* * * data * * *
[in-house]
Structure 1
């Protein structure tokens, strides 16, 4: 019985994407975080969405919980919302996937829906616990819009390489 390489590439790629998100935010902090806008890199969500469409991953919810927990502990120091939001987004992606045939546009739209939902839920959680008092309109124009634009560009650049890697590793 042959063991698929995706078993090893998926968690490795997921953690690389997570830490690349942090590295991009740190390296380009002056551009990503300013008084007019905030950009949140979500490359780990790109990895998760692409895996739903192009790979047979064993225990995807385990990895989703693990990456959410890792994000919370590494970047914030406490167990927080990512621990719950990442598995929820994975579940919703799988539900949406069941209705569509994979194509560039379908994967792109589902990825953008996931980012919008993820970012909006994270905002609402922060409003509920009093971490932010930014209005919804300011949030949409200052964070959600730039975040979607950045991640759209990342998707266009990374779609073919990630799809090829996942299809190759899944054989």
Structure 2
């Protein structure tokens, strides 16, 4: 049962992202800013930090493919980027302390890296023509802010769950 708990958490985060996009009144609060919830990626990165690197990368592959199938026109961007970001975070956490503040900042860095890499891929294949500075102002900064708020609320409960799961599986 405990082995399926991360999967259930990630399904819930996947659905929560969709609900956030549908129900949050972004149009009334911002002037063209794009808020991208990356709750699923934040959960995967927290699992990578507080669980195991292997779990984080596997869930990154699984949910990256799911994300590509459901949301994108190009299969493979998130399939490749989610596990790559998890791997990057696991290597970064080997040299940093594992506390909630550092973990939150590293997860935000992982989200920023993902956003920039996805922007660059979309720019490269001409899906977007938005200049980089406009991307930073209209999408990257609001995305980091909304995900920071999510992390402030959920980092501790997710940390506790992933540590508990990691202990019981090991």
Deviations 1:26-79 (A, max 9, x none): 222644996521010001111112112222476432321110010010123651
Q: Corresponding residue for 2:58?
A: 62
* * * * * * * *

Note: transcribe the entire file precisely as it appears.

[in-house]
Structure 1
């Protein structure tokens, strides 16, 4: 019985994407975080969405919980919302996937829906616990819009390489 390489590439790629998100935010902090806008890199969500469409991953919810927990502990120091939001987004992606045939546009739209939902839920959680008092309109124009634009560009650049890697590793 042959063991698929995706078993090893998926968690490795997921953690690389997570830490690349942090590295991009740190390296380009002056551009990503300013008084007019905030950009949140979500490359780990790109990895998760692409895996739903192009790979047979064993225990995807385990990895989703693990990456959410890792994000919370590494970047914030406490167990927080990512621990719950990442598995929820994975579940919703799988539900949406069941209705569509994979194509560039379908994967792109589902990825953008996931980012919008993820970012909006994270905002609402922060409003509920009093971490932010930014209005919804300011949030949409200052964070959600730039975040979607950045991640759209990342998707266009990374779609073919990630799809090829996942299809190759899944054989």
Structure 2
């Protein structure tokens, strides 16, 4: 049962992202800013930090493919980027302390890296023509802010769950 708990958490985060996009009144609060919830990626990165690197990368592959199938026109961007970001975070956490503040900042860095890499891929294949500075102002900064708020609320409960799961599986 405990082995399926991360999967259930990630399904819930996947659905929560969709609900956030549908129900949050972004149009009334911002002037063209794009808020991208990356709750699923934040959960995967927290699992990578507080669980195991292997779990984080596997869930990154699984949910990256799911994300590509459901949301994108190009299969493979998130399939490749989610596990790559998890791997990057696991290597970064080997040299940093594992506390909630550092973990939150590293997860935000992982989200920023993902956003920039996805922007660059979309720019490269001409899906977007938005200049980089406009991307930073209209999408990257609001995305980091909304995900920071999510992390402030959920980092501790997710940390506790992933540590508990990691202990019981090991």
Deviations 1:26-79 (A, max 9, x none): 222644996521010001111112112222476432321110010010123651
Q: Corresponding residue for 2:58?
A: 62